“It was an increase I couldn’t handle,” he said.
He began searching for housing for himself and his 17-year-old son after receiving the notice, but with a limited budget of a $750 a month, he can’t find anything in the valley.
“There’s absolutely nothing,” he said. “I’m disabled and I’ve applied for all of the subsidized and low-income housing … I’m just at my wit’s end. It’s getting very depressing and discouraging.”
Now that he and his son have been at the shelter for 90 days and he’s had no luck, he’s thought about leaving the valley. His son only has one more year left of high school and he wants him to graduate with his friends, but the housing scarcity might force them out.
Krager says the average length of stay at the Samaritan House has increased by roughly two weeks because of the inability for people to find housing, and people are starting to consider more desperate options.
“We’re hearing that they’ve tried everything close and we’re starting to hear that they’re willing to go out of town to farther reaches from where they are working to find housing, which requires you to drive farther or depending on a vehicle that might not be dependable,” Krager said. “It pressures folks to make desperate choices.”
Those desperate choices are radiating across a range of income levels, and while the lack of inventory is impacting long-time locals, it’s also affecting those trying to move here.
Luke Rumage received a job offer as a designer for an architecture firm in Kalispell and moved to the valley this spring, but he’s been living in a hotel for the past two months as he searches for more permanent living quarters.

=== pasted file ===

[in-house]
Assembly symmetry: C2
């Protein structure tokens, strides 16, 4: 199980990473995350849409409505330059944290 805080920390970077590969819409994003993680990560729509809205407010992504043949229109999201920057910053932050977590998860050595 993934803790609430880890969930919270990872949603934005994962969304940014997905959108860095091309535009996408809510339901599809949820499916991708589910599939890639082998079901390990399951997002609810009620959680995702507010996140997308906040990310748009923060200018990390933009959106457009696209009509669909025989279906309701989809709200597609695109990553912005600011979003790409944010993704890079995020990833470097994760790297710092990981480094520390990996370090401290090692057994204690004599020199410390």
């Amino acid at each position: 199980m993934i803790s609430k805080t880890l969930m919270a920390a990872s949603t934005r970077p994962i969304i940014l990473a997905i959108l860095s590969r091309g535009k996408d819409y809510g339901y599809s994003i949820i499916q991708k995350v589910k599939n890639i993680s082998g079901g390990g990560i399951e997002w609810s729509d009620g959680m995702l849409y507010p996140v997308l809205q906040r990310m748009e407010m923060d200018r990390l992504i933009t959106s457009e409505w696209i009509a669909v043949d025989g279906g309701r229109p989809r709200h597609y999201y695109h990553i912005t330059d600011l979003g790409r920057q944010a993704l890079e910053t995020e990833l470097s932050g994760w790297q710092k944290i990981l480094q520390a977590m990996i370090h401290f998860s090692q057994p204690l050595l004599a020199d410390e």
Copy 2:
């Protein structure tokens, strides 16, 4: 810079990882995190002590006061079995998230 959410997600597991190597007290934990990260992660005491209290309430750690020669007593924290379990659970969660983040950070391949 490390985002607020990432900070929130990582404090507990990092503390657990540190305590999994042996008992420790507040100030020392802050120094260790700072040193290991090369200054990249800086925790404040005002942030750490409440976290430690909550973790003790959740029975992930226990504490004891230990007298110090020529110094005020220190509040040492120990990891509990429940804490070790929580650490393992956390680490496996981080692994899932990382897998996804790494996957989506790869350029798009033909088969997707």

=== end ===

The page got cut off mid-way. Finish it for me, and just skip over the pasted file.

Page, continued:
“It’s been hard,” he said. “There are a lot of property management companies and every single one of them doesn’t have an opening right now.”
Rumage has been paying $2,000 a month to stay at Glacier Ridge Suites in Kalispell, a hotel meant for extended stays, but as the summer becomes busier, he has to be out by July 16.
Moving from an area outside of Washington, D.C., Rumage is accustomed to paying high prices, but he’s never had this much trouble finding inventory.
“I am not an underprivileged person,” Rumage said. “I have the financial ability to get an apartment if there is one available. I’m not looking for affordable housing; I’m looking for housing.”
Finally on a promising waitlist, Rumage plans to move into a new apartment complex that was supposed to be finished in June. But if construction continues to get delayed, he will have to try and find a new hotel to live in during peak tourist season until the complex is finished.
“The fact that there isn’t any housing out there doesn’t just affect the people here but it affects the people who are trying to move here and be a part of the community,” Rumage said.
Developers are trying keep up and add inventory as municipalities have approved hundreds of units this year alone. And while many developments are in the construction phase, several have only been recently approved and are in the earliest stages, which means it will take some time before they’re move-in ready.
There are more than 200 units projected at Eagle Valley Ranch, 200 apartments in the pre-construction phase at Silverbrook Estates and hundreds more in various stages of development in Kalispell alone, all of which will likely be priced at market rate.
In Whitefish, Smith says the city is working on its affordable housing initiative, but the market is creating challenges. The city is looking to hire a long-range planner and housing coordinator, a new position, and officials are also focusing on short-term rental enforcement and brainstorming ways to limit renter evictions.
“We’re seeing people being displaced and it’s disheartening to see,” Smith said. “One of the biggest issues we’re facing right now is housing.”
Leake is still hopeful she will be able to find housing this fall, which has become her deadline since her temporary home doesn’t have heat. But she has considered leaving a job and place she loves if she can’t find housing.
“If this doesn’t get better in the fall, then I really have no option than to look at relocating out of the valley,” Leake said.